3.1.2. Service Architecture Overview¶
The existing Data Lab service and client code all have a similar structure, however since they were developed at different times in the project there remain a number of inconsistencies between the services. This section describes the target structure we wish to have for all code following a throrough code review, notes will be used to identify known problems to be addressed in the current release.
3.1.3. Server-side Code¶
Data Lab services are implemented using the Python Flask microframework. These services define a middleware layer that clients (web-based, programmatic or command-line) access from their interfaces. As middleware, these services, depending on their function, may in turn call lower-level services (e.g. VOSpace, TAP, SIA, etc) or access a resource such as a database directly. The return value of each service is documented in the service implementation docstring.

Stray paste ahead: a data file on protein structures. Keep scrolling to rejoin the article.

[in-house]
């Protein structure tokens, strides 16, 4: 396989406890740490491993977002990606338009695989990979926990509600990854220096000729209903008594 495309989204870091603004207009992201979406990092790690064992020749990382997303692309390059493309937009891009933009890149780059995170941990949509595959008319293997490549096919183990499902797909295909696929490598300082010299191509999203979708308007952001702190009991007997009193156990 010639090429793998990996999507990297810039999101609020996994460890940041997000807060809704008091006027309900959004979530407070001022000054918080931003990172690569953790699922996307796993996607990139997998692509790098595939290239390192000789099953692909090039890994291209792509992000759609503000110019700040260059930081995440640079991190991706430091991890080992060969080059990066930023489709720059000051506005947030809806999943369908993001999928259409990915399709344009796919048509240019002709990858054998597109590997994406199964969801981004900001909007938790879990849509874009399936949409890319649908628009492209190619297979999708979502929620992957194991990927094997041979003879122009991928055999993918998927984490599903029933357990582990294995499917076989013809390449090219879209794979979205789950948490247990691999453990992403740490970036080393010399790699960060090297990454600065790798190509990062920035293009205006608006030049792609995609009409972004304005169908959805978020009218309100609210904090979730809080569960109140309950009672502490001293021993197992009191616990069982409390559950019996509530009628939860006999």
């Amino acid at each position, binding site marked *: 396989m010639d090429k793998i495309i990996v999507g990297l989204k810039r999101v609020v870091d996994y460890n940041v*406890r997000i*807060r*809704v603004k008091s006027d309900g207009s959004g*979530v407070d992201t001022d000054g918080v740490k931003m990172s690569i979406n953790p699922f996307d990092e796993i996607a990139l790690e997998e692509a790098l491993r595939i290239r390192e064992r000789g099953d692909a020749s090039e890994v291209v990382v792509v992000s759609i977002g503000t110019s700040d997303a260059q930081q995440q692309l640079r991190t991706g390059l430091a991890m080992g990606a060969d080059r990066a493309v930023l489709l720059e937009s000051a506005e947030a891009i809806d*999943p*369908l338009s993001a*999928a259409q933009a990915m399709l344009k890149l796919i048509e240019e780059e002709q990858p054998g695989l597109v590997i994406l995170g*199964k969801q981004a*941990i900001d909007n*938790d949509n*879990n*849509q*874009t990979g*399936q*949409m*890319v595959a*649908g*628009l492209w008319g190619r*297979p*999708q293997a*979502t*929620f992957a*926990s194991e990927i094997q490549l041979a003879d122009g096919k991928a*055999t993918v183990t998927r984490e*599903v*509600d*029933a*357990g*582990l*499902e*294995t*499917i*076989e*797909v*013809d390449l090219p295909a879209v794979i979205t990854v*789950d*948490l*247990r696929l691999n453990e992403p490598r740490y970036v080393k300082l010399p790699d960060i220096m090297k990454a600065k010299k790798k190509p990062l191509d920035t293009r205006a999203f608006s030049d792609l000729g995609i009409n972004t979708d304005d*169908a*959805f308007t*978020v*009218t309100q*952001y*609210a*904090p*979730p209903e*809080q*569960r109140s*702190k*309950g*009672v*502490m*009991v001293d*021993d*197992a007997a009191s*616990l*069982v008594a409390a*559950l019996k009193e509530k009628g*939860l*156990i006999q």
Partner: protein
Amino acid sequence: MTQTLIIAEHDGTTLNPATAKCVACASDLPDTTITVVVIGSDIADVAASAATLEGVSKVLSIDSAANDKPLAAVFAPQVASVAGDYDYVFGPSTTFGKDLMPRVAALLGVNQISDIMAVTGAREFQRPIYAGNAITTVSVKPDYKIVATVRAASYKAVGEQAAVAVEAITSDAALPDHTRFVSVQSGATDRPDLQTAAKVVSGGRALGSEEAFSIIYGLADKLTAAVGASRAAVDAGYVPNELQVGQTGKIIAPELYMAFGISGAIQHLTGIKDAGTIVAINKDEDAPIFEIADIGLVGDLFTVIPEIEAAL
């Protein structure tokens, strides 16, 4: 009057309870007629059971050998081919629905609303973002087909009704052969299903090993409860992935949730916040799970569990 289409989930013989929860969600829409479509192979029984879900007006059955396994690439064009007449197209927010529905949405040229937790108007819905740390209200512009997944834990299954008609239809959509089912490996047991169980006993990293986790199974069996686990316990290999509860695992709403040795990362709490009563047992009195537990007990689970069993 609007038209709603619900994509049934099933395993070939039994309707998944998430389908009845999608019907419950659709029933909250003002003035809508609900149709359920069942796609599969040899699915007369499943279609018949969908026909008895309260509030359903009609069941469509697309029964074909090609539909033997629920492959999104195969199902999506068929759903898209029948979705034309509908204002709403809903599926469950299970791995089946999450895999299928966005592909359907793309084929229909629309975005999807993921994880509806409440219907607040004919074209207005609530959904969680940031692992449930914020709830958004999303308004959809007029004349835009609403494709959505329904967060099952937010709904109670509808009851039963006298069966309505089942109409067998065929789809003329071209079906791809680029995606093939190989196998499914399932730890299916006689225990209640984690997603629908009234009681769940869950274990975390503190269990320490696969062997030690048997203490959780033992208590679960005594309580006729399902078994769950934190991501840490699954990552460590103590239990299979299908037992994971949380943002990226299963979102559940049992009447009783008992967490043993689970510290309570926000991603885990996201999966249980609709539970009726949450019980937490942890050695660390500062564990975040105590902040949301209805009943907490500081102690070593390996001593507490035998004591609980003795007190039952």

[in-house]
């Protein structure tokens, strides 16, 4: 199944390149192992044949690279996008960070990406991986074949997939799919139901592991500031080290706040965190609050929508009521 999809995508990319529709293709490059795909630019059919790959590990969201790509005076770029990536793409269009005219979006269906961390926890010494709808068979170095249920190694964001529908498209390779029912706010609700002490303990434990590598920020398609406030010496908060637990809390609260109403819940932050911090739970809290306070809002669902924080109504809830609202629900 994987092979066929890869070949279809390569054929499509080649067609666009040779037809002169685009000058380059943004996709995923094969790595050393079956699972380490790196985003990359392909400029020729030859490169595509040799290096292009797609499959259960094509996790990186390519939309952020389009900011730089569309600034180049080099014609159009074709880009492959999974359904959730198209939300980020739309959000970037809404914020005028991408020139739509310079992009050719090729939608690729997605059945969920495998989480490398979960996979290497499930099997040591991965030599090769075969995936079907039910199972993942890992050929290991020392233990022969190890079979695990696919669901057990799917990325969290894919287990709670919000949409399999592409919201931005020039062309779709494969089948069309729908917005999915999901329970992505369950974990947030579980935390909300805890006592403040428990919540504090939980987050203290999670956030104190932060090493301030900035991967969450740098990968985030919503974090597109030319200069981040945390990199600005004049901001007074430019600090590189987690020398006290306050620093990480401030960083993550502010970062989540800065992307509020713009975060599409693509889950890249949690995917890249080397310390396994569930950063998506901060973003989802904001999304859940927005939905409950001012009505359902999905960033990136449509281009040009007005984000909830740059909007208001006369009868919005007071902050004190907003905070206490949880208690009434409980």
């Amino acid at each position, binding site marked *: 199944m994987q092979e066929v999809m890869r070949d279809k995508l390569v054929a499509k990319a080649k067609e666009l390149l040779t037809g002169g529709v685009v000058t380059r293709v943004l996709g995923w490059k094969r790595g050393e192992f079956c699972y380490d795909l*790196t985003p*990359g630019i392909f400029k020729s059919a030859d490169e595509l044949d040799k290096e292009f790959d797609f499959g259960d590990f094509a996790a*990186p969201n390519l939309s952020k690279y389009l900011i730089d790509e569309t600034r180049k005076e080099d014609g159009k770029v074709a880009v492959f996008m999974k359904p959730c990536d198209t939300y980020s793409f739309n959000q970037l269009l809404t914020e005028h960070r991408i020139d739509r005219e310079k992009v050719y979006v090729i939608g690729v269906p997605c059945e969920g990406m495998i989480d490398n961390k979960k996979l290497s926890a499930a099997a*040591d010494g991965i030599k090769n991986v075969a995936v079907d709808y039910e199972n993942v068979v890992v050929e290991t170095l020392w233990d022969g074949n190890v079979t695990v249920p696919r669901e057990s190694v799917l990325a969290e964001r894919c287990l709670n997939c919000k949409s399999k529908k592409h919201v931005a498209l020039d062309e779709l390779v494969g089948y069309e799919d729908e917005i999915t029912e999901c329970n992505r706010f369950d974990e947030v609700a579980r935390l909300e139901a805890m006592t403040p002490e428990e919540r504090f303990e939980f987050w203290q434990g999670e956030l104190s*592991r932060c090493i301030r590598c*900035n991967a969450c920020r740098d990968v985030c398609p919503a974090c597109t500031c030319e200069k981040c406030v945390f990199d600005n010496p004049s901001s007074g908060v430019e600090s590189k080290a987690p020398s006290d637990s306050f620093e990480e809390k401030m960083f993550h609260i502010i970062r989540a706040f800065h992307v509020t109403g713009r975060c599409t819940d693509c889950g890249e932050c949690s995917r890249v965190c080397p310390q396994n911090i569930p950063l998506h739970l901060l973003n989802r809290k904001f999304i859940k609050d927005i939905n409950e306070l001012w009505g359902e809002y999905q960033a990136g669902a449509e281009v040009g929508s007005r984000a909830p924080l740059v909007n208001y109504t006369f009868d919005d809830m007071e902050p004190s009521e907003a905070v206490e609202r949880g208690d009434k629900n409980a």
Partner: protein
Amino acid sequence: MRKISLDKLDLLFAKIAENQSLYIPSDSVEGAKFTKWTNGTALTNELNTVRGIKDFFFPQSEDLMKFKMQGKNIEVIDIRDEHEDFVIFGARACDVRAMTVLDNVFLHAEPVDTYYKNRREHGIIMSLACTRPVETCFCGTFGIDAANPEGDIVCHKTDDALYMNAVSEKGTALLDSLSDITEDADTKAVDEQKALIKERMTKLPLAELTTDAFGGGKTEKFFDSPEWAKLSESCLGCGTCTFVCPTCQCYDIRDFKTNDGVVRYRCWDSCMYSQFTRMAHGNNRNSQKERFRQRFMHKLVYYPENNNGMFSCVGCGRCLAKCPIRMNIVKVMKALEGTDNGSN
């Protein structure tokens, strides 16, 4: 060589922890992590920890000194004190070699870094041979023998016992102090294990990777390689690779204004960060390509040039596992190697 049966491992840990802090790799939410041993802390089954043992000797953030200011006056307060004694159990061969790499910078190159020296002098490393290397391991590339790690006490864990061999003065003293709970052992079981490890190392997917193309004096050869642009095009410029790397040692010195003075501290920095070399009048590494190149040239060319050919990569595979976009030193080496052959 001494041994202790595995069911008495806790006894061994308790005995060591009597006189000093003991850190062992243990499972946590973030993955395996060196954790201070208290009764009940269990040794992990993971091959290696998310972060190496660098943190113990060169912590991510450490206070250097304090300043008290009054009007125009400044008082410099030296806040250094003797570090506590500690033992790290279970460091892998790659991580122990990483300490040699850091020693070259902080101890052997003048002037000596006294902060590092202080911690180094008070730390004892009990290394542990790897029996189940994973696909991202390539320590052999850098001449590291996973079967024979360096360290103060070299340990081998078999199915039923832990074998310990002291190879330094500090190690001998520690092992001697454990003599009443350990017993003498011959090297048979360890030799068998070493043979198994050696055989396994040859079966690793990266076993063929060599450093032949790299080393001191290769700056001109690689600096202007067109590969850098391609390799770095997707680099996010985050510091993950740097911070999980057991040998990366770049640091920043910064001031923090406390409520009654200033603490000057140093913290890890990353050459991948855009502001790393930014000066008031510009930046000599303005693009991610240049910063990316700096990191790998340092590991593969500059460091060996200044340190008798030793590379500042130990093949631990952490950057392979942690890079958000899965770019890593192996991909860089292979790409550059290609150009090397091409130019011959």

The code review process is intended to discover those docstrings that don’t yet provide the required service documentation.
As an example, a simple ‘echo’ service might look something like:
In this example, simply raising the generic
Exception will cause the service
to return a 500 (Internal Server Error) to the caller. In order to return a
specific error message we need to define an
errorhandler() method for the
Flask application. For example,
This is better in that it returns a proper HTTP response with the specified
error message, but the status code is fixed at 400 (or whatever value chosen).
The solution is to create an exception subclass in the server code (and an